A Turkish court on Saturday ruled to block the live video-streaming service Periscope during top-flight football matches, following a demand from the company with the exclusive rights to broadcast the games.
The Istanbul Intellectual and Industrial Property Rights court approved the request from satellite broadcaster Digiturk to block Periscope during all Super League games starting with the coming season, the state-run Anadolu news agency said.
Digiturk is owned by beIN Media Group of Qatar, which acquired the company in 2016.
The court stated that its ruling could be seen as a precedent that could be applied to other platforms during live broadcasts.
Bulent Kent, General Secretary of Access Providers Association (ESB), said that access would be blocked when a broadcast begins and then reopened when it ends, according to Anadolu.
He said the blocking would begin on the first day of the Turkish Super League football season on August 10 when Ankaragucu take on Galatasaray.
Digiturk appears to have been concerned that fans at games or even at home watching television could stream games for other viewers for free through Periscope, which is owned by micro-blogging giant Twitter.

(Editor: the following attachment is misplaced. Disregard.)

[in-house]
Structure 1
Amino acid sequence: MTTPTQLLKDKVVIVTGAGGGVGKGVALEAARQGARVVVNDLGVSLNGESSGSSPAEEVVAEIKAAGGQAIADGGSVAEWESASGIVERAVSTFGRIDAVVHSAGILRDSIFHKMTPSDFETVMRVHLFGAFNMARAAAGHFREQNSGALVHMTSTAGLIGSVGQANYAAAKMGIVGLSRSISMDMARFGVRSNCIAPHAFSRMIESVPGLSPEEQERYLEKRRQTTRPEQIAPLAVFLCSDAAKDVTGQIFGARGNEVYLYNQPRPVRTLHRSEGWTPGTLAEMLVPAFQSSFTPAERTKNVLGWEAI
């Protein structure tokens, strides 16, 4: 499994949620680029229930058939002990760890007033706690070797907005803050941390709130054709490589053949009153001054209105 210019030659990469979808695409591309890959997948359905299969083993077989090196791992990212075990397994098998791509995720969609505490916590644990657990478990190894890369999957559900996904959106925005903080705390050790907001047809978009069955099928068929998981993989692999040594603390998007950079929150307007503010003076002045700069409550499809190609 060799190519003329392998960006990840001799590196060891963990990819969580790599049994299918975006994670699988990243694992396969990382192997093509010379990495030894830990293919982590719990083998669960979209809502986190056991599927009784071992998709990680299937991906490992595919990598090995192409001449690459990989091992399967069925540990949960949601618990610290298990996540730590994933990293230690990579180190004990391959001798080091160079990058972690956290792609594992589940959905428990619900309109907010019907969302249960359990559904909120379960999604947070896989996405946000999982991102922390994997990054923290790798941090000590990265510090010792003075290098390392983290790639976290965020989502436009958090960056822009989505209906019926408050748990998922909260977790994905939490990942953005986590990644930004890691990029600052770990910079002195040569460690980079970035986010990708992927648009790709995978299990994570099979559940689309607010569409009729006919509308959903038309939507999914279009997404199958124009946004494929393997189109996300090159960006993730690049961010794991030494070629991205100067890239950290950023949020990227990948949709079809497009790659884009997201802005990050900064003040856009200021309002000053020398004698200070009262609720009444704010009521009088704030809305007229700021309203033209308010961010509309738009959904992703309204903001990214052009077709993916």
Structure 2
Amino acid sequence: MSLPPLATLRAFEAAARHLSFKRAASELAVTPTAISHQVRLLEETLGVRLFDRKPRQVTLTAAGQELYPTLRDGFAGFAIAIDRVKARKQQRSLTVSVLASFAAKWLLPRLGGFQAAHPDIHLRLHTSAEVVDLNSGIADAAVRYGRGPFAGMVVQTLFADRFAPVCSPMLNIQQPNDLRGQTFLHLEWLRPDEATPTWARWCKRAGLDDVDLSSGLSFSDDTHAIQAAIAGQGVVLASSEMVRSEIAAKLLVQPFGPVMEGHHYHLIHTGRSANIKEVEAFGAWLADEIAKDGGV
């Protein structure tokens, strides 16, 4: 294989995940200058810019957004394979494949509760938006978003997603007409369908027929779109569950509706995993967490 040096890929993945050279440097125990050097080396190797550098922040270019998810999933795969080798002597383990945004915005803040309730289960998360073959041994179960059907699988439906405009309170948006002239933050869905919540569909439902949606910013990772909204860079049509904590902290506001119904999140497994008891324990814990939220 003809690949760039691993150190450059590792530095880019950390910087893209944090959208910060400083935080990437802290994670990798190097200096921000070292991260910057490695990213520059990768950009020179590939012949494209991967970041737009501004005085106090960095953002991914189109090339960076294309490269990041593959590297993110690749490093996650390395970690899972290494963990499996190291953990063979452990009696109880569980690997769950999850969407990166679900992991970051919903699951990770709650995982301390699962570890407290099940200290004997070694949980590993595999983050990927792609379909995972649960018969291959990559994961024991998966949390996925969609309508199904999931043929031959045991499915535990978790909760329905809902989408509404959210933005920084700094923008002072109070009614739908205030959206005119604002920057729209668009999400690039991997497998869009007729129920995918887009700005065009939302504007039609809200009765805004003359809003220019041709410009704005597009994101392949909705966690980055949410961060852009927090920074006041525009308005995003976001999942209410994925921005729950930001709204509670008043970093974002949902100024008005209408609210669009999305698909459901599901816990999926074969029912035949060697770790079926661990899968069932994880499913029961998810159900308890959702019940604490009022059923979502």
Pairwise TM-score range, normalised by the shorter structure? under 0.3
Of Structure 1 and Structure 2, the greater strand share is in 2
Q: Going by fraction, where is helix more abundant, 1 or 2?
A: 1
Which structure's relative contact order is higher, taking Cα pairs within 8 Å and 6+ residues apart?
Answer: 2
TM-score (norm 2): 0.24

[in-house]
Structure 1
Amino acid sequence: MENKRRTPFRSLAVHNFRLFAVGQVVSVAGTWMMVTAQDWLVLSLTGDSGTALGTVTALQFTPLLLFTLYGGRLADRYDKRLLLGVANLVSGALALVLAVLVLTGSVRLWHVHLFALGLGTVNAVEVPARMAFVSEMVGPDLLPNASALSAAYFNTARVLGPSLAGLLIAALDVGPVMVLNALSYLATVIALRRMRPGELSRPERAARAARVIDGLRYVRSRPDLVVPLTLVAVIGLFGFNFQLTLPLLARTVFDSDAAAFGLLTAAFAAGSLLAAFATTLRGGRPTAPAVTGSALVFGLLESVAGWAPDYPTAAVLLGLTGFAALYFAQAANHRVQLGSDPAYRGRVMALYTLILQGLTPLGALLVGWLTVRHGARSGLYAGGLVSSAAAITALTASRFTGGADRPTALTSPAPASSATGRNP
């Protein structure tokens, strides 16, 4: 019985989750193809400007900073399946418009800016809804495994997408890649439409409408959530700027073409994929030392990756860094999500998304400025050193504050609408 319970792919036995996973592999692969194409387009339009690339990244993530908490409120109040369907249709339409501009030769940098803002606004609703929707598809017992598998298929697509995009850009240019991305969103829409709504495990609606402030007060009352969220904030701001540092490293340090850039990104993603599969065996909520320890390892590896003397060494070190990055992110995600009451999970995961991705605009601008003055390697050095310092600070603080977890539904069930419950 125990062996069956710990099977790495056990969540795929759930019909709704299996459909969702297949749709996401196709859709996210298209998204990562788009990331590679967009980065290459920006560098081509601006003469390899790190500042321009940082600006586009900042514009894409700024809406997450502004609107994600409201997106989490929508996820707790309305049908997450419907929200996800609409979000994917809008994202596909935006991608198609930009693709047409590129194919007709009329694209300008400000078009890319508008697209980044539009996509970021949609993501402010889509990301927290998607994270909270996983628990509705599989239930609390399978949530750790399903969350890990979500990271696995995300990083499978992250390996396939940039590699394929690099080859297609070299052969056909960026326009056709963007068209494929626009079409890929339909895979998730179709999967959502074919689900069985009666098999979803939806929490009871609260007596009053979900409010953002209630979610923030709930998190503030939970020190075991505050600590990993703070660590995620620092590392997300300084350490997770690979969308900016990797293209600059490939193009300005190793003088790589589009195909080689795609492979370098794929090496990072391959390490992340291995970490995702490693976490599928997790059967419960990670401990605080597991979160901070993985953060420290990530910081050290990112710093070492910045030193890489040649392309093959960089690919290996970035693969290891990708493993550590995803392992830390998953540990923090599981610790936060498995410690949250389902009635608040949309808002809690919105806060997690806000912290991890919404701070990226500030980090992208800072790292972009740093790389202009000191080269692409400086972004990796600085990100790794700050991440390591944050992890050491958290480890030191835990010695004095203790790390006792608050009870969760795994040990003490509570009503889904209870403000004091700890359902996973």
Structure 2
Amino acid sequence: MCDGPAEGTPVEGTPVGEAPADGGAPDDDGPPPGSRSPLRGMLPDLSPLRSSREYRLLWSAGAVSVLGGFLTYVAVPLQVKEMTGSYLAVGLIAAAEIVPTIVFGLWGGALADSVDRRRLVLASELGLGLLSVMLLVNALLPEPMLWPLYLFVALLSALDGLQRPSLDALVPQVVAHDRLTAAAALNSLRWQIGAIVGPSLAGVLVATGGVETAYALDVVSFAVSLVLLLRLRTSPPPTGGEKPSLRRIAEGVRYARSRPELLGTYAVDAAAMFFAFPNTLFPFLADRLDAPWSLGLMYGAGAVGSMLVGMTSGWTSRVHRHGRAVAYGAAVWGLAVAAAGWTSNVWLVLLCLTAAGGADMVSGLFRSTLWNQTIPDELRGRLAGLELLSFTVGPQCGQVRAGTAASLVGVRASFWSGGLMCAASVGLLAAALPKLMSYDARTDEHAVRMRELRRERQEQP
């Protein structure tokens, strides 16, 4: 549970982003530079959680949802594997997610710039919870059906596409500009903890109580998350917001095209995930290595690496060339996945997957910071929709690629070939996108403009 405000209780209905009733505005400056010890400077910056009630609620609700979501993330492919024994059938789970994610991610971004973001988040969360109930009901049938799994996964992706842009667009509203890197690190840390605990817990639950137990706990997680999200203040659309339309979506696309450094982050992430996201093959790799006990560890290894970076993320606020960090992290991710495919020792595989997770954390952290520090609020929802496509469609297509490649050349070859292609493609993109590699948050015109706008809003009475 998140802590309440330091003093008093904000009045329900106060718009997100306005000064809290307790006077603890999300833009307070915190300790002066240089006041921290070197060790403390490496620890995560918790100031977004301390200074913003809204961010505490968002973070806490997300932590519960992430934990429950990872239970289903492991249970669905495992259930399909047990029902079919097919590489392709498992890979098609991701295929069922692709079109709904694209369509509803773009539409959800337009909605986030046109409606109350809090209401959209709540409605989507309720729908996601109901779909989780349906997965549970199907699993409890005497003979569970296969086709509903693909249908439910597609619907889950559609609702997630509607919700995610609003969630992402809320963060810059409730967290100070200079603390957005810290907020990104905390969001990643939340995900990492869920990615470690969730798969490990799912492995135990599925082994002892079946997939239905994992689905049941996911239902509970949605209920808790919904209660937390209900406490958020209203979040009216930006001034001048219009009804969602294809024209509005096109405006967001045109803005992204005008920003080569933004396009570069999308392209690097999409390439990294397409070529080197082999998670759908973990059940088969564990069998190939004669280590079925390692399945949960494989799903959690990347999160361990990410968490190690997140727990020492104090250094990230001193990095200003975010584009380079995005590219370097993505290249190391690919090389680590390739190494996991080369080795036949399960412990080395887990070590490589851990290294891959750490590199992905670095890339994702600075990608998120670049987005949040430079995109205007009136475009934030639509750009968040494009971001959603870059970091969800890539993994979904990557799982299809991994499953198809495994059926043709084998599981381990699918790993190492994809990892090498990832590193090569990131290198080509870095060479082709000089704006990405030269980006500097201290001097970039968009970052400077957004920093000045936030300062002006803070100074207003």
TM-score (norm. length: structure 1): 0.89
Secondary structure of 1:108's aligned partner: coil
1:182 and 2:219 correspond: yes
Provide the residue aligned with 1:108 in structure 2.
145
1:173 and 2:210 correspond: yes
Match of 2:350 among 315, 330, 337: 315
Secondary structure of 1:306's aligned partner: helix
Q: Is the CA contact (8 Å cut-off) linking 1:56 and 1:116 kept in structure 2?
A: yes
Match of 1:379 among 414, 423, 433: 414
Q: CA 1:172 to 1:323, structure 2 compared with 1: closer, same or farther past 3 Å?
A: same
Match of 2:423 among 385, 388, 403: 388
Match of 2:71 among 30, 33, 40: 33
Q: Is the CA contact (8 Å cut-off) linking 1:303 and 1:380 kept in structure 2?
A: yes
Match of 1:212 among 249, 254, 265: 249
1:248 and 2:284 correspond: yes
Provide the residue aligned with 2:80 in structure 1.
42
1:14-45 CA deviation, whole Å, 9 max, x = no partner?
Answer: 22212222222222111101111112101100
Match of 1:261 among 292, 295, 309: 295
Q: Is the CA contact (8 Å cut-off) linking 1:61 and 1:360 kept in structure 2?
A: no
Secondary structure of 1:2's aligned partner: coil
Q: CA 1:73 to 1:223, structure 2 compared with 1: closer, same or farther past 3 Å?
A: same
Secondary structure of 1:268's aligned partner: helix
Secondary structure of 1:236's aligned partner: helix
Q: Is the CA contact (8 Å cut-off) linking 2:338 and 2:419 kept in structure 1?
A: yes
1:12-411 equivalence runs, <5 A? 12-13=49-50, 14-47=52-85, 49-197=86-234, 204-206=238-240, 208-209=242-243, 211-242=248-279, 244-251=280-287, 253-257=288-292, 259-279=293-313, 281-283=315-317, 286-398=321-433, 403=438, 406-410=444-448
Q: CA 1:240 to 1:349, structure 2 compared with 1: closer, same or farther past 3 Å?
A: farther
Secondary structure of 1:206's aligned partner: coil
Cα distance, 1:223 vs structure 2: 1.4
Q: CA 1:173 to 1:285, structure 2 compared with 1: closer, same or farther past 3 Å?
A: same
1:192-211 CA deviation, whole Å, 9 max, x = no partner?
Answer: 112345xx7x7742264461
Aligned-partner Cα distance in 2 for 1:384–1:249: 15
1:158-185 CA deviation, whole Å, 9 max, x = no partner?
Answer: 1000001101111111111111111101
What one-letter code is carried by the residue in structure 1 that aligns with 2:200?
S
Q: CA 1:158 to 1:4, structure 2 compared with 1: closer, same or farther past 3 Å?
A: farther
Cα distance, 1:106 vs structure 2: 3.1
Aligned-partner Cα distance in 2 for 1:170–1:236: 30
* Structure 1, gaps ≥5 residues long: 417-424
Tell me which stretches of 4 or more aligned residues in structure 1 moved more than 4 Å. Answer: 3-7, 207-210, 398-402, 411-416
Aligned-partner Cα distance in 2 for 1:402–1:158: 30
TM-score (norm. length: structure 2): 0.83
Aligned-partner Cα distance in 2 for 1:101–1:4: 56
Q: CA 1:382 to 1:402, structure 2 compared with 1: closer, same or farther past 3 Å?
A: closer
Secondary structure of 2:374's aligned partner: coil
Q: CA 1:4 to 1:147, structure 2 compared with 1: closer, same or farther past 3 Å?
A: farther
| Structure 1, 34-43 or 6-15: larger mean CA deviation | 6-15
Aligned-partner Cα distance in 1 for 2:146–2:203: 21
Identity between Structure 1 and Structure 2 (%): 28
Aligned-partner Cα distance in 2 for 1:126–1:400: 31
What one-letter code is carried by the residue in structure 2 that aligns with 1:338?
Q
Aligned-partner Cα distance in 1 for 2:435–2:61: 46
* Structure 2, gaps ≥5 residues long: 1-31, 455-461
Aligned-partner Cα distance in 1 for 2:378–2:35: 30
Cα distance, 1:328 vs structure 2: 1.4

Before it was acquired by Twitter in 2015, Periscope had irritated Turkish authorities by enabling opponents of the government to live stream mass protests in the summer of 2013.
“The incident marks the first known case of scheduled internet censorship or shutdowns in Turkey,” commented the Turkey Blocks website which monitors web freedoms in Turkey.
“Internet connectivity will be partially disrupted throughout Turkey from the 10th of August to protect a Qatar-owned media group’s sports broadcasting rights,” it commented.
Turkey has become notorious under President Recep Tayyip Erdogan for its crackdowns on internet freedoms.
The online encyclopedia Wikipedia has been entirely blocked in Turkey since April 2017 after the government took issue with some content pages.
The authorities have also periodically restricted access to YouTube, Twitter, Facebook and other social media during terror attacks and also protests.